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Cabbageworm Damage and Organic Control

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cabbageworm damage

Have little green worms on your vegetables? These might be cabbage worms and they can damage a vegetable crop. Cole crops are the most susceptible – kale, cabbage, cauliflower, broccoli, turnips, collards, and brussels sprouts for instance. They bore into plant heads and eat holes in the structure of a leaf. Find the cabbage worms, then control cabbageworm damage organically. Below are the three top indications that you have a problem.

#1 – Your Plant is Shredded and Filled with Holes

Below is an image of one of my precious dinosaur kale plants totally shredded by a couple of cabbageworms. They can completely consume a plant in a matter of days, so once you spot the worms, you need to take action immediately. Signs include holes in leaves and complete defoliation.

Organic Control

#2 – Cabbageworm Poop

Yep. Poop. There it is in the photo below – dark green bunches of poop balls all over my dinosaur kale. Because of the green color of worms, it is often easier to find worm poop than it is to find the cabbage worms.

Organic Control

#3 – Cabbageworms

They are green. Search for them stretched out along the ribs of the plants, which is the easiest place for them to blend in and stay hidden.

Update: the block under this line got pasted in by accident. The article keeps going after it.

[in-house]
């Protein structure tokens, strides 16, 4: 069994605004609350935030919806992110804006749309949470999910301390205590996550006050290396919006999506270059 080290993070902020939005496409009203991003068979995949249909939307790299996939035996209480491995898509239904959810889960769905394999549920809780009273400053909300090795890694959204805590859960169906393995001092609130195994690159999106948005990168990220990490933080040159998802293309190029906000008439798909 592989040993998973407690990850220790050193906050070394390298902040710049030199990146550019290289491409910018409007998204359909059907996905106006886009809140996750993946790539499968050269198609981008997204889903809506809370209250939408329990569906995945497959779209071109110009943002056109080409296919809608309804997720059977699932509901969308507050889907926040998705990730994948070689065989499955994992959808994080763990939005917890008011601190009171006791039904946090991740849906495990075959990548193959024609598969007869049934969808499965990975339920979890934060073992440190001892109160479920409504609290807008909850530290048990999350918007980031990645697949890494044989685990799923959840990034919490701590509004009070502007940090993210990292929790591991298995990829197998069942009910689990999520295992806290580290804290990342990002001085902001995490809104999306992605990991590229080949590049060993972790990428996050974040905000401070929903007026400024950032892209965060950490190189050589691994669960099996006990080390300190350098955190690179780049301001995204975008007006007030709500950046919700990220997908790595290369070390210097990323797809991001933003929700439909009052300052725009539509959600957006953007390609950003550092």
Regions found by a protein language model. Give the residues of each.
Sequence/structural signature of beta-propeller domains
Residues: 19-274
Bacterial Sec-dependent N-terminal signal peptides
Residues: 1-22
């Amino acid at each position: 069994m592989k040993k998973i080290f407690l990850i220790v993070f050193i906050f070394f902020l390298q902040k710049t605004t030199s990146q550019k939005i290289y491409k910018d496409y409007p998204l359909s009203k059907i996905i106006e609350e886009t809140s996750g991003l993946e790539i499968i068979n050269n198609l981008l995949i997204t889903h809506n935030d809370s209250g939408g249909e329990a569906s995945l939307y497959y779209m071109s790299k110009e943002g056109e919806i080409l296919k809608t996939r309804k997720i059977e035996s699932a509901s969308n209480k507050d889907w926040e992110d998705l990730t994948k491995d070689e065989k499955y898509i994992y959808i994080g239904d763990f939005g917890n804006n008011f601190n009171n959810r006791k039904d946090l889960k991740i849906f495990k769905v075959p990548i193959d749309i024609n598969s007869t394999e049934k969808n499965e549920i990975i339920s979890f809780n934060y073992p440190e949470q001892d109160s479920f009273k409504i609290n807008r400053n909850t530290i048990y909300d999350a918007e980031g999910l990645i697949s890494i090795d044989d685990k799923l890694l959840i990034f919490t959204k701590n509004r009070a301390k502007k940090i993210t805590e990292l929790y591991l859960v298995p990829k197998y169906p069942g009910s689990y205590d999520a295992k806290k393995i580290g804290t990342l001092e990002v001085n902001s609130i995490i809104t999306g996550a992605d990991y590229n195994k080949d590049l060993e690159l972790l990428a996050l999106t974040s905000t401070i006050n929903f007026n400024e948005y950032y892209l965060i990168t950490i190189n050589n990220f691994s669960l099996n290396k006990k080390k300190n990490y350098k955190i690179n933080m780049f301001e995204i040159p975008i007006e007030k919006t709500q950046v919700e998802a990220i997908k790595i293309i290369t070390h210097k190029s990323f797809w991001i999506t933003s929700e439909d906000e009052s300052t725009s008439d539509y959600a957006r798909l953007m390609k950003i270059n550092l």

Cabbageworms Eating Kale

Organic Control

There are a few forms of organic control; handpicking and biological control are both organic. Hand-picking is easy – simply pick off the worms and put them in a bucket of soapy water. Do this until you see no more worms. White cabbage moths are what the worms transform into, therefore, if you see white butterflies flitting around the garden you will soon have a fresh batch of cabbage worms. Keep an eye out for both worms and their flying brethren.

Using row covers helps protect the plant from the cabbage moth and discourages egg-laying. Clean debris up in the garden at the end of the season to help prevent any eggs from overwintering.

Spraying Bacillus thuringiensis on the plants can work extremely well, be sure to follow package directions for applications. Parasites such as tachinid flies, Trichogramma wasp egg parasites, pteromalus puparium, apanteles glomeratus, and microplitis plutella all work, but the application must be followed precisely according to recommendations for strong success. Bacillus thuringiensis, in particular, can help cabbageworm damage control while avoiding a negative effect on the cabbage worms natural enemies, so might be the first choice.

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